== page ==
Results

Construction of a gene knockout collection in Candida parapsilosis

Most of the available gene disruption collections in C. albicans target transcription factors or protein kinases [42], [43], [44], [45]. We therefore selected similar genes from C. parapsilosis (Figure 1, Tables S1, S2). In total, we chose genes encoding 73 transcription factors, 16 protein kinases, 1 putative RNA-binding protein, 1 putative tRNA-methyl transferase, 6 genes that are apparently unique to C. parapsilosis, and members of the CFEM family of transmembrane proteins [41], [46], [47]. We selectively deleted entire open reading frames rather than generating random insertions, to facilitate downstream analysis. The C. parapsilosis genome is diploid and therefore requires two rounds of gene disruption to create a homozygous mutant. Gene disruptions in C. parapsilosis have previously been carried out using a recyclable SAT1 (nourseothricin resistance) cassette [35], [36]. Although this approach is successful, it is slow and very inefficient. Instead, we adapted a fusion PCR method previously developed for gene deletion in C. albicans, in which each allele is replaced with a heterologous selectable marker [45] (Figure 1A, Figure S1).

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Figure 1. Phenotype screening of C. parapsilosis gene knockout strains.

(A) Both alleles of 100 C. parapsilosis genes (YFG) were deleted by replacement with C. maltosa LEU2 and C. dubliniensis HIS1 by homologous recombination. Unique barcode sequences (TAG) were included in each deletion. Two independent replicates of each strain were constructed. (B,C) Each deletion strain was grown overnight in a 96 well plate in YPD media, diluted 1∶100 into fresh YPD and replica plated to test media using a 48-pin replicator. Each plate contained the control strains CLIB214 and CPRI in duplicate. Growth of each deletion strain was scored in comparison to the control strains. Strains that were scored in C. parapsilosis only are shown in (B), and strains with a detectable phenotype in both C. albicans and C. parapsilosis are shown in (C). Only scores <−2.5 are shown, and isolates with no growth defect on the selected media are not included. The full data set is available in Table S2. (D) Deleting UPC2 in both C. parapsilosis and C. albicans results in reduced growth in low iron conditions (YPD, and YPD+0.15 mM BPS). (E) Cells were grown overnight in YPD, diluted in PBS and plated on YPD containing 0.005 µg ml−1 ketoconazole where indicated, and incubated at 30°C in 21% or 1% O2 for 2 days. Deleting CPH2 in C. parapsilosis results in a growth defect under hypoxic (1% oxygen) conditions, but there is no effect on the equivalent deletion of C. albicans. Growth is restored by re-introducing one allele of CpCPH2. There is no effect on ketoconazole sensitivity in either species.

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Deletions were constructed in the C. parapsilosis type strain, CLIB214. Auxotrophic mutations in LEU2 and HIS1 were first generated using a SAT1 cassette, yielding strain CPL2H1 (see methods) (Figure S1, Table S1) [35]. Candidate genes were then deleted by replacing one allele with HIS1 from C. dubliniensis, and one with LEU2 from C. maltosa (Figure 1A, Figure S1). All mutant strains were confirmed by PCR using primers inside CdHIS1 or CmLEU2 and a primer outside of the integration sites at both the 5′ and 3′ end of the gene. Deletion of the target open reading frame was also confirmed using PCR. A control strain (CPRI) was created by integrating CdHIS1 and CmLEU2 at the site of the original HIS1 alleles (Figure S1). Both CLIB214 and CPRI strains were used as controls for the majority of experiments.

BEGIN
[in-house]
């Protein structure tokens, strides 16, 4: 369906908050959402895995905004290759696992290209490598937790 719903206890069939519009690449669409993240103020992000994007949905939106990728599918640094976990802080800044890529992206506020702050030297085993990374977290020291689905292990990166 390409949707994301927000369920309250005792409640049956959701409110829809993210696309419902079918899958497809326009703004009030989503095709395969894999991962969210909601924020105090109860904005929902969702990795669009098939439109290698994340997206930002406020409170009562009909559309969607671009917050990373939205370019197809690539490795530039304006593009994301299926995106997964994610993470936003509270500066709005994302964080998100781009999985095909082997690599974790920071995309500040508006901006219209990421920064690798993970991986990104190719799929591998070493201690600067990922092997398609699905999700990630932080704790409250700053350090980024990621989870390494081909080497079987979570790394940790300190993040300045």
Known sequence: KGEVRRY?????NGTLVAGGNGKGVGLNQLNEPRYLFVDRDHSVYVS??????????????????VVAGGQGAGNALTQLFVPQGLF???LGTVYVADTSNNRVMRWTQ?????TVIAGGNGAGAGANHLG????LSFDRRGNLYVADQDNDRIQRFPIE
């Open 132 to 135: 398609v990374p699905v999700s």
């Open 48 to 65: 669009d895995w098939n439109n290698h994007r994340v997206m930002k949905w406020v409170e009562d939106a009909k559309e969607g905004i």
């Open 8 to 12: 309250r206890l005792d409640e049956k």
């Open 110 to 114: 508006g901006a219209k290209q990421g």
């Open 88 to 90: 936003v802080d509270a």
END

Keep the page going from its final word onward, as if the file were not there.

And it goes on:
Two independent homozygous deletion mutants were generated for each targeted gene, which increases the probability that an observed phenotype in both strains is a result of the gene deletion, and not from a secondary effect. A unique 20 base pair sequence tag (barcode) was also incorporated into each mutant strain, which will facilitate future competition experiments. In total, 200 barcoded deletion strains were constructed (Table S1).

Phenotypic screen of deletion collection

Growth of the deletion collection was determined in 42 different conditions, designed to identify nutritional, cell wall, osmotic and oxidative stress phenotypes, and response to antifungal drugs (Table S2). Some strains had severe growth defects, and were not included in the phenotype analysis (Table S2). For the remainder, each independent strain was grown in YPD in 96 well plates (two replicates per candidate gene), and then replica-plated using a 48-pin replicator to selective media. YPD was used as the base media except where the effect of different carbon sources was tested. Several drugs and chemicals were tested at a range of concentrations (Table S2). Growth was scored using a simple scoring system (−4 to +1, where 0 is the same as the control strains). The scores were averaged between sister strains and replicate screens and were converted to heatmaps (Figure 1B,C). Of the 73 transcription factor deletions constructed in C. parapsilosis, 64 orthologous deletions were available from a large scale screen in C. albicans [43], and another (UME6) was obtained from Banerjee et al [48]. Growth of the C. albicans strains was monitored under similar conditions as for C. parapsilosis except that lower concentrations of ketoconazole, fluconazole and caspofungin and higher concentrations of CdCl2 were used, and utilization of heme was not tested (Table S2). Nine transcription factor deletions are available in C. parapsilosis only. The phenotypes of these, and of the C. parapsilosis protein kinase deletions, are described in the supporting information (Text S1, Table S2).